RAID 0 is useful for setups such as large read-only NFS servers where mounting many disks is time-consuming or impossible and redundancy is irrelevant.
RAID 0 is also used in some gaming systems where performance is desired and data integrity is not very important. However, real-world tests with games have shown that RAID-0 performance gains are minimal, although some desktop applications will benefit.
http://www.anandtech.com/printarticle.aspx?i=2101 "We were hoping to see some sort of performance increase in the game loading tests, but the RAID array didn't give us that. While the scores put the RAID-0 array slightly slower than the single drive Raptor II, you should also remember that these scores are timed by hand and thus, we're dealing within normal variations in the "benchmark".
Our Unreal Tournament 2004 test uses the full version of the game and leaves all settings on defaults. After launching the game, we select Instant Action from the menu, choose Assault mode and select the Robot Factory level. The stop watch timer is started right after the Play button is clicked, and stopped when the loading screen disappears. The test is repeated three times with the final score reported being an average of the three. In order to avoid the effects of caching, we reboot between runs. All times are reported in seconds; lower scores, obviously, being better. In Unreal Tournament, we're left with exactly no performance improvement, thanks to RAID-0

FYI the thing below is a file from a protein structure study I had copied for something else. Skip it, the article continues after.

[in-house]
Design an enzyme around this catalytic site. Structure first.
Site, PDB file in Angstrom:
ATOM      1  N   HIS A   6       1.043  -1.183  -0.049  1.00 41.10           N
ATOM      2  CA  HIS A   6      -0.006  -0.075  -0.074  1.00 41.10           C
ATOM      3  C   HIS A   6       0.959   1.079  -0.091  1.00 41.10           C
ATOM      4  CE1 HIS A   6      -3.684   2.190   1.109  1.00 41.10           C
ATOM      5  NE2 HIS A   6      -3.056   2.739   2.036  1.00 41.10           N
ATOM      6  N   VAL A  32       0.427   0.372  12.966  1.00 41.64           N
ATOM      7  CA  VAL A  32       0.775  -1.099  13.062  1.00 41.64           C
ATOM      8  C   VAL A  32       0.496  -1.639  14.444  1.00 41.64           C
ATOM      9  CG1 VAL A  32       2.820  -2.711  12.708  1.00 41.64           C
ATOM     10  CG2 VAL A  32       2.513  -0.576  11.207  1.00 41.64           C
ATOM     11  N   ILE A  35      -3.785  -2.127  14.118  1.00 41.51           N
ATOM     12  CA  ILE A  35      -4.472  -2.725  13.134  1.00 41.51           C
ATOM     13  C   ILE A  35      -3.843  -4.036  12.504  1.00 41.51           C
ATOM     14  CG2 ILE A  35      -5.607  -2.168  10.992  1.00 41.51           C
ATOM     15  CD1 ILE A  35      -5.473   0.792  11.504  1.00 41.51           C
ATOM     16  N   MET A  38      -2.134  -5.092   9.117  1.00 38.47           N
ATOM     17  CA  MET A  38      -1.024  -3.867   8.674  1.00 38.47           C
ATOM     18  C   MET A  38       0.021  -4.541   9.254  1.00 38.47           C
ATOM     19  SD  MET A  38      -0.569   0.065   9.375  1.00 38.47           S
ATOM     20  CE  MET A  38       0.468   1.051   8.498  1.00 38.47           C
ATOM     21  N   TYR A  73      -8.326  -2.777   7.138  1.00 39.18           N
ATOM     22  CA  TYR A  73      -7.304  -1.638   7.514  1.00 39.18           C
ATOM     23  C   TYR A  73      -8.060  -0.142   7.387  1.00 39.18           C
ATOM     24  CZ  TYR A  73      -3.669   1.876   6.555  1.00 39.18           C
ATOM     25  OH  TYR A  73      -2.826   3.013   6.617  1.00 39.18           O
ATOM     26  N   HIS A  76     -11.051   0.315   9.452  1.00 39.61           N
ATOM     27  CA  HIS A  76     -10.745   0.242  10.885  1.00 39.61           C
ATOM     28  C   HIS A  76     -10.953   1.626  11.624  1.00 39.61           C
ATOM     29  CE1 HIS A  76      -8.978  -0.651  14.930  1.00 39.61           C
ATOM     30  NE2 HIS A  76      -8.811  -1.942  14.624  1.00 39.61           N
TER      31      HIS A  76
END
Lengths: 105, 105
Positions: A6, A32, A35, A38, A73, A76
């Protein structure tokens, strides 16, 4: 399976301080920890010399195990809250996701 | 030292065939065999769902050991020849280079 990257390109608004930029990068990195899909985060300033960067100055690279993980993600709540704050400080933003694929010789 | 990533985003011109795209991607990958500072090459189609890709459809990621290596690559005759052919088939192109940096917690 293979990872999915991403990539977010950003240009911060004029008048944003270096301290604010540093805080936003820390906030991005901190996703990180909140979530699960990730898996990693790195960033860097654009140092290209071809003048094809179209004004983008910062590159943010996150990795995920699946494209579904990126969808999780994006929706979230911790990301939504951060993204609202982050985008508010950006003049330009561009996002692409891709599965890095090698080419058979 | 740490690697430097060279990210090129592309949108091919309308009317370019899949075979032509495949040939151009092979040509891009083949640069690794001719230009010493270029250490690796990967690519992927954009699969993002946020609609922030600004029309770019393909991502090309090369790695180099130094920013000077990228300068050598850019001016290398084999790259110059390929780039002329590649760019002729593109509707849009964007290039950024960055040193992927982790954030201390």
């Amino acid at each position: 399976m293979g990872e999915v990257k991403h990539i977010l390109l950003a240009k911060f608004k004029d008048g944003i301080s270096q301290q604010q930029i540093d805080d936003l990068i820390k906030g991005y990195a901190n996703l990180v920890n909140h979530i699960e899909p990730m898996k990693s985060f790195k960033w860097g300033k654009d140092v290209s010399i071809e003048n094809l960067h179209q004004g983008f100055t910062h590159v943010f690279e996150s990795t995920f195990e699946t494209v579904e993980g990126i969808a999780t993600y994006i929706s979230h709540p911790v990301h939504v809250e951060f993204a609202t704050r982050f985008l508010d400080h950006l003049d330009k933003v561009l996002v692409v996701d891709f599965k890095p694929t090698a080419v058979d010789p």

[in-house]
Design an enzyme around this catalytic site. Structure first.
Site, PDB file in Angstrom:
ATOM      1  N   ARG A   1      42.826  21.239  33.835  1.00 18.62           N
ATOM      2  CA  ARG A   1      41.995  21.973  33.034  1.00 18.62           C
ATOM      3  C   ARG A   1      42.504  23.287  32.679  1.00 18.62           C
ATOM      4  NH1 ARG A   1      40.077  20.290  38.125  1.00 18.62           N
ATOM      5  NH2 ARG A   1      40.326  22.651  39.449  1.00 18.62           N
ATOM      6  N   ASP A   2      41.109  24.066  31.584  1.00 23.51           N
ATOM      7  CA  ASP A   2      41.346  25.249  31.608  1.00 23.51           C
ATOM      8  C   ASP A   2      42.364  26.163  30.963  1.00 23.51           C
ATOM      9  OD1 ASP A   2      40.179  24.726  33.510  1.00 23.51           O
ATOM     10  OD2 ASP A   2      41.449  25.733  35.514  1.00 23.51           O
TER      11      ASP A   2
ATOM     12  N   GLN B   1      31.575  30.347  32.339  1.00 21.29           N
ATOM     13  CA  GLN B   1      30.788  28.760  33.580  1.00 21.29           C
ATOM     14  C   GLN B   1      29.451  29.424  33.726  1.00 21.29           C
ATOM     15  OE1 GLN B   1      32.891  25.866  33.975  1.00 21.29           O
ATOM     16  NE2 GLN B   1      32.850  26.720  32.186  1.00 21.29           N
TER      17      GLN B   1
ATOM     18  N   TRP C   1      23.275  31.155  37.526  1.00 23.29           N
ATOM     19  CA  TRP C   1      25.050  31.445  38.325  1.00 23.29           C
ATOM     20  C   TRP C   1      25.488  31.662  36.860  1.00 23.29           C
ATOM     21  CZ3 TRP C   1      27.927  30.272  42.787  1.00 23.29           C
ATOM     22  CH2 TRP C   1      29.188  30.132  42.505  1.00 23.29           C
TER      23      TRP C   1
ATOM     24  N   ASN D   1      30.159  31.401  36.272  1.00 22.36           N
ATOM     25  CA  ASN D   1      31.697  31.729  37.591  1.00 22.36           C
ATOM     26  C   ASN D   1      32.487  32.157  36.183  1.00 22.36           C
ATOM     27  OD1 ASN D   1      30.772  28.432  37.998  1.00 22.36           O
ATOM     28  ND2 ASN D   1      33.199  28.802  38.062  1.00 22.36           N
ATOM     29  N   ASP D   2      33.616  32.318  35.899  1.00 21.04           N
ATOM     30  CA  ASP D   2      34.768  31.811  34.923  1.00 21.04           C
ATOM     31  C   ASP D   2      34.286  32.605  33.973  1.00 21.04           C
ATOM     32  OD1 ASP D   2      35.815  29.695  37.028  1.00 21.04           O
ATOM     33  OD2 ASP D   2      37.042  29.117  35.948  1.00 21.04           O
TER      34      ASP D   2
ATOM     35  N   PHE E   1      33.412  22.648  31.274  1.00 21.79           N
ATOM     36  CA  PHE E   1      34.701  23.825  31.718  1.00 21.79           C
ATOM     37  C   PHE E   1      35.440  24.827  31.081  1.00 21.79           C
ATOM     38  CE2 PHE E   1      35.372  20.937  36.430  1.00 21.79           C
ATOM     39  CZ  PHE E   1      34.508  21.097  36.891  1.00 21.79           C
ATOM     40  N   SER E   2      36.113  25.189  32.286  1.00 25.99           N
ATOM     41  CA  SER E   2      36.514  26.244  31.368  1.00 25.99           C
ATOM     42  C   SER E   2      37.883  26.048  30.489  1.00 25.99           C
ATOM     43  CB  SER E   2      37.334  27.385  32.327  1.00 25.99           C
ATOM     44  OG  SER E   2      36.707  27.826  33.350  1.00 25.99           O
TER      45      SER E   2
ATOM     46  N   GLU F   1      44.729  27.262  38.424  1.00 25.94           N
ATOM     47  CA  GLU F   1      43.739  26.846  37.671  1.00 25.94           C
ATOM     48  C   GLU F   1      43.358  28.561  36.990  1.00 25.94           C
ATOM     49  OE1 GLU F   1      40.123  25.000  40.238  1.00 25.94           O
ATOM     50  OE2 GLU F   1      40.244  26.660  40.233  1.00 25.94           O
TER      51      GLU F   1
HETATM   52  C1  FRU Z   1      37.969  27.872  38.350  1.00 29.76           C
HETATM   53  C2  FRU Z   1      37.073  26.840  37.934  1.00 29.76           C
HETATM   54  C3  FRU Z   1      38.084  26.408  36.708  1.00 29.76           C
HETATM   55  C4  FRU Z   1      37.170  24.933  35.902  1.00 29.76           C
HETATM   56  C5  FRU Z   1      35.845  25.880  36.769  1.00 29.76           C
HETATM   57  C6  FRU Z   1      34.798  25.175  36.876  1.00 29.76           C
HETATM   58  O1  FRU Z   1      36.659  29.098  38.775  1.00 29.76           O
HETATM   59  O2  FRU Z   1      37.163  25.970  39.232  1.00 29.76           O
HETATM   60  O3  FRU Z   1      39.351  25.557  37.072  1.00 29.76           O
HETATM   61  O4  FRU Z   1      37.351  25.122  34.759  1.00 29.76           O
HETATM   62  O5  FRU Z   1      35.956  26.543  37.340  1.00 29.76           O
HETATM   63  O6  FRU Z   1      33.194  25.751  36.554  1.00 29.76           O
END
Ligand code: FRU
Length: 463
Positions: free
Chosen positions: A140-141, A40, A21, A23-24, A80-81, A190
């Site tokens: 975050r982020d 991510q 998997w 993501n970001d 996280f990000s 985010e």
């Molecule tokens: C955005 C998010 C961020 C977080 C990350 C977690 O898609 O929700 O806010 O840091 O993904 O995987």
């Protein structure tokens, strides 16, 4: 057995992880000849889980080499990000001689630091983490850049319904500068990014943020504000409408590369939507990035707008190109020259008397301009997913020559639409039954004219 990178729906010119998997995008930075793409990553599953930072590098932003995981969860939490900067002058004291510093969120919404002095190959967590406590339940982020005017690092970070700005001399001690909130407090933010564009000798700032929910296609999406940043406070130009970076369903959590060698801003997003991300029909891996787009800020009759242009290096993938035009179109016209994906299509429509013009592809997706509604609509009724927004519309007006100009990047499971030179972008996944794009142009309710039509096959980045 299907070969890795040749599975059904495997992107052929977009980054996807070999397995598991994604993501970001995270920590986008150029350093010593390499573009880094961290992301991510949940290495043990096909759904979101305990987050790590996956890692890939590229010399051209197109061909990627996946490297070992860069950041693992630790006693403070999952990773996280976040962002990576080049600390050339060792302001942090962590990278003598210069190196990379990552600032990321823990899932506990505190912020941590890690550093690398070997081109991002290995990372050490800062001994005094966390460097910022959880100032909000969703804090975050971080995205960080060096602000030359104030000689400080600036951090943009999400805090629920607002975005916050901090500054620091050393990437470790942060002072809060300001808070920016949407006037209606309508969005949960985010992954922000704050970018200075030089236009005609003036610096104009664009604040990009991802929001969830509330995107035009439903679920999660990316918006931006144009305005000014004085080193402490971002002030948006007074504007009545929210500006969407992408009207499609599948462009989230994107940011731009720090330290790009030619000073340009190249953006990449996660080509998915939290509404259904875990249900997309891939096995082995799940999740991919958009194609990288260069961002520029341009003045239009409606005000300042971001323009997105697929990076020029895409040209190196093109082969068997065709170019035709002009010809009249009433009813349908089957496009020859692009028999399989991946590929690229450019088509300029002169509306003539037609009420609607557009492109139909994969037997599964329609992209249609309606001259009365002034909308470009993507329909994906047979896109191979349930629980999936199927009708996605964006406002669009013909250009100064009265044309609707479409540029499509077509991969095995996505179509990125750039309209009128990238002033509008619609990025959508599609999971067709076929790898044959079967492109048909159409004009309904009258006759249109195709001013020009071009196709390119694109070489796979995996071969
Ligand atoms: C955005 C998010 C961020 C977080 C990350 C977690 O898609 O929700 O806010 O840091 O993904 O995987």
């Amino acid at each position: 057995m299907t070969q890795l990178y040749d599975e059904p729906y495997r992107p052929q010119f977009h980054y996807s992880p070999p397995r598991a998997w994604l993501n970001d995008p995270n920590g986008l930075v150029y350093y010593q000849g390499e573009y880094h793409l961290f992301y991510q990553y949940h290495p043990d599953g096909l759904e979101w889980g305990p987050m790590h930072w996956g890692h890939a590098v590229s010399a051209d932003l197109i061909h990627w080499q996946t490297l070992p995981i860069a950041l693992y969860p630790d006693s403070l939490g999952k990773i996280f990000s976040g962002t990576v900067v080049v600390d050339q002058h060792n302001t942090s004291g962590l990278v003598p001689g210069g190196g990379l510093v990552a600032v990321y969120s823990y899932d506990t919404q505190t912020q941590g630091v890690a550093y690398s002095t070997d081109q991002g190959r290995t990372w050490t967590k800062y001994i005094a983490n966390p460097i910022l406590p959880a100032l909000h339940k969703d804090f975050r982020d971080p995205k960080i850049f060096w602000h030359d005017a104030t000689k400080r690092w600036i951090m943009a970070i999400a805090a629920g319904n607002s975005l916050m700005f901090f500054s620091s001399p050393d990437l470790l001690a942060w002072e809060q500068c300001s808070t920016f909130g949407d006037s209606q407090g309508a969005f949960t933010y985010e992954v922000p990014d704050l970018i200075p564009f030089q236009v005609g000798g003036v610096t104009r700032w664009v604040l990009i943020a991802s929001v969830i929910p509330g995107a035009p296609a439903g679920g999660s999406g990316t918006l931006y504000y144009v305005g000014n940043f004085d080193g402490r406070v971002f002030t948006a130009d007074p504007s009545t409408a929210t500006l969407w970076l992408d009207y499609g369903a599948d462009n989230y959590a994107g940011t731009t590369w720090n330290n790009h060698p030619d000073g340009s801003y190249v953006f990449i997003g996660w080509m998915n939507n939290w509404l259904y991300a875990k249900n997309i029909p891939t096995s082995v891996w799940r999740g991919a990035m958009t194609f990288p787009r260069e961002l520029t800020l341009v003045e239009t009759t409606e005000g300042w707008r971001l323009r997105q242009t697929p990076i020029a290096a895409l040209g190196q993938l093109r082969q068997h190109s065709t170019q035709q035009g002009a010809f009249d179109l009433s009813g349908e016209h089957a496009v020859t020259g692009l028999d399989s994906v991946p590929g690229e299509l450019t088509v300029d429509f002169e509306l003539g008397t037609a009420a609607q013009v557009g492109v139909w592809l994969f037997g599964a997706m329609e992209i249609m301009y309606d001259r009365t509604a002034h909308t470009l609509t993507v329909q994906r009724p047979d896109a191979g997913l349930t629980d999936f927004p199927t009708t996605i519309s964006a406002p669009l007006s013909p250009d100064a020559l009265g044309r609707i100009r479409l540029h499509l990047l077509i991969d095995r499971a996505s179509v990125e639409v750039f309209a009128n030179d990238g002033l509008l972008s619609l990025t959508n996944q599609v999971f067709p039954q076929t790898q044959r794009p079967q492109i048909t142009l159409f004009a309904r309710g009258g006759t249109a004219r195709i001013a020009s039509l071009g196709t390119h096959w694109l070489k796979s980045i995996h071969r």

If you haven't gotten the hint by now, we'll spell it out for you: there is no place, and no need for a RAID-0 array on a desktop computer. The real world performance increases are negligible at best and the reduction in reliability, thanks to a halving of the mean time between failure, makes RAID-0 far from worth it on the desktop.
Bottom line: RAID-0 arrays will win you just about any benchmark, but they'll deliver virtually nothing more than that for real world desktop performance. That's just the cold hard truth."